Fighting As One
Title: Great Ancestors - Women Asserting Rights in Muslim Contexts Author: Farida Shaheed and Aisha Lee Shaheed Publisher: Oxford University Press, Pakistan (September 2011) Pages: 258, Hardback Price: PKR.795 ISBN: 9780195476361
While fighting against all odds, women in the Muslim world have greatly contributed to the social and political development of their societies. Women asserted their rights, highlighted their constraints and continued to struggle refuting the myth that “women rights” was an idea alien to Muslim culture. Great Ancestors introduces the readers to women from Africa, Asia and the Middle East who fought for and defended their rights between the eighth century and the 1950s. Perhaps it is time that women of today learn something from the women of the past.
The book is a response to the apprehensions expressed in many circles underestimating the role of women in the Muslim world. Questions about feminism being alien to Muslim contexts, the defense of women’s rights have been part of an increasingly dominant discourse in Muslim societies.
The book highlights the lives and deeds of women from diverse Muslim countries and communities who have, in the past, engaged in the struggle for gender equality. It provides examples of women struggling for their rights from the 8th century to the 20th century, in the Arab world, Egypt, Muslim Spain, India, Pakistan, Algeria, Iran, Turkey, Central Asia, Nigeria and Indonesia.
Fareeda Shaheed’s research allows the reader to connect the contemporary struggle for women’s rights [with our] historical past, engendering a sense of linkage with - and ownership of - both women’s assertions in the past and the contemporary movement. She tells the readers, “The strong and determined women emerging from the pages of history here effectively refute the myth of the silenced, cloistered and acquiescent women of popular imagination.”
The book helps us understand women’s assertiveness in three different phases, at times interconnected, at times developing independently from one another. The first phase, as the author states, consists of women asserting control over their personal lives, especially in terms of bodily integrity, including sexuality and rights within the family. The second and a much less documented phase is women’s actions for solidarity i.e. initiatives by women to support other women and the third is women’s efforts to look beyond their lives and improve their societies.
Great Ancestors is a balanced combination of both physical and intellectual activism. Some women worked towards ensuring access to education and thrived on intellectual achievements or the knowledge of scriptures. Others fought to secure
rights within marriage or refused the marriage institution altogether. Yet others engaged in collective solidarity projects, including anti-colonial struggles or early forms of transnational feminist networking. The combination of a chronological and thematic approach within the narratives makes the various chapters easy to navigate.
Great Ancestors gives credit to some male voices as well, appre- ciating the men who encouraged and supported gender equality and advocated women’s rights. Farida Shaheed emphasizes, “The notion that all men in Muslim societies are misogynistic is as much a myth as the notion that women are only silent victims.”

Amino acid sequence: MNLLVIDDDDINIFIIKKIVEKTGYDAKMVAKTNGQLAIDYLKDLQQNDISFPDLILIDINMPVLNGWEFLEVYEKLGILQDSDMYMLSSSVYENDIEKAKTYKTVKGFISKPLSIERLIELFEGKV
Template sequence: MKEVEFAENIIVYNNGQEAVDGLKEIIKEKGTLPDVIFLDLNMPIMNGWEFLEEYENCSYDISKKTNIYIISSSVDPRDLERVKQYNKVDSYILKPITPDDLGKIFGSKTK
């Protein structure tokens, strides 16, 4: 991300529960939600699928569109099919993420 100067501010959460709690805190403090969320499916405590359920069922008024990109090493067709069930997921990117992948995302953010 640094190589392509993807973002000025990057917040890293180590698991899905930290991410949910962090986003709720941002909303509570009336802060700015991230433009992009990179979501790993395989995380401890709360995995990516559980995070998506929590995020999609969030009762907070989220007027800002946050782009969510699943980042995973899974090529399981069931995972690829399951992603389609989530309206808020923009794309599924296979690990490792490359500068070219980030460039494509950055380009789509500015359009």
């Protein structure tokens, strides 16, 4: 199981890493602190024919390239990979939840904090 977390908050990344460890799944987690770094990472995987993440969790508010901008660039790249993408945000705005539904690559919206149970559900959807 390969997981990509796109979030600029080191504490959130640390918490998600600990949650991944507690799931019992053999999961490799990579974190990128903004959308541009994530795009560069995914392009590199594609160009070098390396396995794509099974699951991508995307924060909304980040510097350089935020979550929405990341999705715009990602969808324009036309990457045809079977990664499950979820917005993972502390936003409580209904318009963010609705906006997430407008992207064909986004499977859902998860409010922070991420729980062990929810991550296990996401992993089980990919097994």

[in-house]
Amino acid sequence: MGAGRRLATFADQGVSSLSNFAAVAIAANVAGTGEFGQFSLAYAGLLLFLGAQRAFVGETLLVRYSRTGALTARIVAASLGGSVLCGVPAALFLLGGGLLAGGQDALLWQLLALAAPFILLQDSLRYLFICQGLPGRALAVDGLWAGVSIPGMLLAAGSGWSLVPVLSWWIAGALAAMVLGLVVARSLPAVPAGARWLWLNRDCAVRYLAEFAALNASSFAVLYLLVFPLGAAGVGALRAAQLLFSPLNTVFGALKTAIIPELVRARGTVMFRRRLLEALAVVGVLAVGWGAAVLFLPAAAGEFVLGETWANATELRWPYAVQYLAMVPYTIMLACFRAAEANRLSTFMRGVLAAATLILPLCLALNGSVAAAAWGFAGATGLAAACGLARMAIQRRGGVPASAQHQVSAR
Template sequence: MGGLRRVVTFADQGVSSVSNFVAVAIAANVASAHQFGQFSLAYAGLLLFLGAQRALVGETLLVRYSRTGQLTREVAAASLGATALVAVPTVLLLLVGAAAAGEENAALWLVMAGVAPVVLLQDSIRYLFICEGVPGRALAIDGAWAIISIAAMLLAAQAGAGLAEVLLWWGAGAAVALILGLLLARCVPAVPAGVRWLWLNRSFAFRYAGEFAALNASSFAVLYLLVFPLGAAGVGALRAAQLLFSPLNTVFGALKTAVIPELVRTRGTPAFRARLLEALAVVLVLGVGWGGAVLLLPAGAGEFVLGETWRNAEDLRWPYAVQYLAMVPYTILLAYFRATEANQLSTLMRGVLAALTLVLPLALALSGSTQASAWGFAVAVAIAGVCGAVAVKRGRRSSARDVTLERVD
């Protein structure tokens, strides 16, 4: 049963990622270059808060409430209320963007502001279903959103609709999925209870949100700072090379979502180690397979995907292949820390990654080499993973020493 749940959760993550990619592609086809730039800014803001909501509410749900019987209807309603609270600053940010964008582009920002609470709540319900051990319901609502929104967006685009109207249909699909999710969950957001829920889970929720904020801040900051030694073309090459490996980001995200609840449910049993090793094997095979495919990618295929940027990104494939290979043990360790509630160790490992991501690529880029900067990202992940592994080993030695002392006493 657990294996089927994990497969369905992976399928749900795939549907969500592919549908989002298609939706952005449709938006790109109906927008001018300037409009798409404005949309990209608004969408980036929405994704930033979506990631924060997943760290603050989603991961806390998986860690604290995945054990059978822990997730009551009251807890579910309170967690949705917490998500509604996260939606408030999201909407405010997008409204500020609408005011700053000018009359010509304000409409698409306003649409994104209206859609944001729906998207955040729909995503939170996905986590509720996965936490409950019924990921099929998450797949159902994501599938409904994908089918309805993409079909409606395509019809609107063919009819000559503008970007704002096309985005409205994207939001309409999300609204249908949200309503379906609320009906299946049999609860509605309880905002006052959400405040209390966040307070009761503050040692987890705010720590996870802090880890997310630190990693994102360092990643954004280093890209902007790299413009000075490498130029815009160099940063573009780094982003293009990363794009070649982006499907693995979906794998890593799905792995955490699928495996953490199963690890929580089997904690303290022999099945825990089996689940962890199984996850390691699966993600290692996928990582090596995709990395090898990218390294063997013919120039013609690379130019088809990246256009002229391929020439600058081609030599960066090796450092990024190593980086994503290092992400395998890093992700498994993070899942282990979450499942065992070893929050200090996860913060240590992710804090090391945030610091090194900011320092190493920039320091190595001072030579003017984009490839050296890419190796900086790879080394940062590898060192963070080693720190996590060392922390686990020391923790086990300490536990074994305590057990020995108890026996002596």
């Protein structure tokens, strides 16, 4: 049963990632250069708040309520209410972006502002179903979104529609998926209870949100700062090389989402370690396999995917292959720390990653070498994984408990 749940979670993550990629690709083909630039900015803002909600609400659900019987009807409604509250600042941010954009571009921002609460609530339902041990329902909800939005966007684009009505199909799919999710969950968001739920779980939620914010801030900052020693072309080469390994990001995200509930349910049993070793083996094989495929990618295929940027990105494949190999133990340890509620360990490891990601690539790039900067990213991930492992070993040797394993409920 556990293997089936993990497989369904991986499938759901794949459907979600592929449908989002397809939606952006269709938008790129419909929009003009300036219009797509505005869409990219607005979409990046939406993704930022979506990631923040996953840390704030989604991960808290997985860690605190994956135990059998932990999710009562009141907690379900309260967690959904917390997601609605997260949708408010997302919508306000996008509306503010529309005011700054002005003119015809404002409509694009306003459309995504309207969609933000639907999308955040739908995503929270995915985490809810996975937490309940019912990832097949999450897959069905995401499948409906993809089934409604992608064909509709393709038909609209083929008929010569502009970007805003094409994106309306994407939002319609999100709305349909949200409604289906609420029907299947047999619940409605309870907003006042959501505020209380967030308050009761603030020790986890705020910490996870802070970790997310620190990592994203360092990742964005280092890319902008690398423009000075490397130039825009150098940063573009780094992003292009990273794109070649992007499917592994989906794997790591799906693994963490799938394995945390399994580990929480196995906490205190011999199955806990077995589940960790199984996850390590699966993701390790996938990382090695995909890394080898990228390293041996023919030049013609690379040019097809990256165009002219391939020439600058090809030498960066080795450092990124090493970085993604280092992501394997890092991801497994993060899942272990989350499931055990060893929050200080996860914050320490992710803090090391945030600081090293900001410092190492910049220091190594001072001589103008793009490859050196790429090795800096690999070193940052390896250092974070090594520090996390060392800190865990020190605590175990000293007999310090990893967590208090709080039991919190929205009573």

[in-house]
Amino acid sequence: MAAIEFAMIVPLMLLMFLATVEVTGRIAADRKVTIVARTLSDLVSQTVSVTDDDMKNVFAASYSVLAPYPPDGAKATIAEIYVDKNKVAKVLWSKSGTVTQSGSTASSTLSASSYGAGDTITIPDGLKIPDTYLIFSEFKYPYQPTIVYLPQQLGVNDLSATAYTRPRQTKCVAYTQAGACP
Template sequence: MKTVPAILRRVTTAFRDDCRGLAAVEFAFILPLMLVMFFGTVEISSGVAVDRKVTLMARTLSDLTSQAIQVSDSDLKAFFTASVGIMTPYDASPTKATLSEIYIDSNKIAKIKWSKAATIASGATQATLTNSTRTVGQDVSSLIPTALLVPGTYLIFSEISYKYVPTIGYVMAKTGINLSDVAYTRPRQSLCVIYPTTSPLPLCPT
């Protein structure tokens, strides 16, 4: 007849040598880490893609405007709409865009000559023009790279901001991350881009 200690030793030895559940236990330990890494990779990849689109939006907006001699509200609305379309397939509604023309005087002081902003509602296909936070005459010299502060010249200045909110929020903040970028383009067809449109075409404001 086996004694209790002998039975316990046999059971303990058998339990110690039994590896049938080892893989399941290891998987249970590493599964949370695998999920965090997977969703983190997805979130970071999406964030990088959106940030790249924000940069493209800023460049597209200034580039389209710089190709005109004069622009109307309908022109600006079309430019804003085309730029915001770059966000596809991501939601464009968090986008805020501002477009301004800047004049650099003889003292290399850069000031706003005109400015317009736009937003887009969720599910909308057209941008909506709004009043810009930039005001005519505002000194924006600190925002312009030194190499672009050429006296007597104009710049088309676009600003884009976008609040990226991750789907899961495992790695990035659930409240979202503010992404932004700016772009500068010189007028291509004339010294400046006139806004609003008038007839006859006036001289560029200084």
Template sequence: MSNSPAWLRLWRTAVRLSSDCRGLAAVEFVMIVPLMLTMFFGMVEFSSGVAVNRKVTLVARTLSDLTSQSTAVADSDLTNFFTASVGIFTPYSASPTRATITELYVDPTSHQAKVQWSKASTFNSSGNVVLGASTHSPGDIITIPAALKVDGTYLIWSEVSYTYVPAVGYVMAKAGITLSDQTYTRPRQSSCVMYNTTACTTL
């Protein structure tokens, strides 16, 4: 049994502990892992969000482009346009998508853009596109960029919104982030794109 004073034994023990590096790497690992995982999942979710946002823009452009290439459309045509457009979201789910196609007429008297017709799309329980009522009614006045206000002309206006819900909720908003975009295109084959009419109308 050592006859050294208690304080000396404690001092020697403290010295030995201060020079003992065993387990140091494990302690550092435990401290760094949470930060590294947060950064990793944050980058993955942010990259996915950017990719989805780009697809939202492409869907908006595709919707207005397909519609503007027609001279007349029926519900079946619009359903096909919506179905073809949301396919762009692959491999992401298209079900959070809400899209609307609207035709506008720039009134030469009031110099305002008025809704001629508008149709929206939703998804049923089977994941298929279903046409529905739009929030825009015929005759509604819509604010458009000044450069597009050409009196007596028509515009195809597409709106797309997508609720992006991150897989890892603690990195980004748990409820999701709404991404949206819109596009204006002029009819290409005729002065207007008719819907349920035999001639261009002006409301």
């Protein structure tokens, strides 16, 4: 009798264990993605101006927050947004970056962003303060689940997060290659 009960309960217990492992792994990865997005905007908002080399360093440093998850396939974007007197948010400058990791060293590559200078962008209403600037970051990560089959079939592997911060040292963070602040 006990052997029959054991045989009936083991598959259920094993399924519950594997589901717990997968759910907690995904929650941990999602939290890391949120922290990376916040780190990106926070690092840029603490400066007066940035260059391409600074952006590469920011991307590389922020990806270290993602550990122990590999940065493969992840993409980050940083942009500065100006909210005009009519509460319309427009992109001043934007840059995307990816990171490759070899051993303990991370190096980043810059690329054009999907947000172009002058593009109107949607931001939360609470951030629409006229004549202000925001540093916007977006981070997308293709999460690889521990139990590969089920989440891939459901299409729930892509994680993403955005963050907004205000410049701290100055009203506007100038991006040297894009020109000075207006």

It is clear that the challenges women faced (and continue to face) are influenced by historical, social and political circumstances and that the strategies they designed (individually or collectively) are, accord- ingly, varied. Yet, Great Ancestors sets out to demonstrate that the efforts undertaken by women towards achieving gender equality in Muslim contexts have been ongoing for centuries.
The book is divided into sections covering the period from the eighth century to the mid-20th century. Each section provides an overview of the period followed by short biographies of women who defied the norms of that time. Umm-e-Salama of eighth century Baghdad who sent a proposal to the man she had chosen to marry along with the sum of money needed for the mehr and her contemporary, Arwa Umm-e-Musa, who convinced her husband to sign a legal contract promising that he would never take another wife or concubine during her lifetime, serve as brave and inspirational examples. When Umm-e-Musa’s husband later tried to have the contract annulled, she approached the highest legal authority, the grand Qazi of Cairo, who came down to Baghdad at her request and ruled in her favor.
Great Ancestors is unique in the sense that it brings on record the countless women who fought for justice and empowerment, not only for themselves but also for their sisters in the society. For instance, Nana Asma’u of Nigeria launched an education movement for rural women in the 1840s which survives to this day; Sadigheh Daulatabadi established what was perhaps the first school for girls in Iran after having attended school disguised as a boy herself; and Muhammadi Begum became the first sole female editor of an Urdu journal for women in India. These are just some of the women discussed in the book who brought significant changes in the lives of women in the 19th century and beginning of the 20th century.
The book is more than just a compilation of the struggles of women for their rights in different Muslim countries and communities. It is a work that helps to dispel the myth about women’s rights imported from colonizing countries to the colonies. It is this myth that de-legitimizes feminists as “westernized” women who betray their culture or religion by opting for a “non-indigenous” strategy. Great Ancestors takes us inside Muslim societies where female activists or scholars own the notion of women’s rights as an indigenous value that is part of their own heritage and not an alien idea.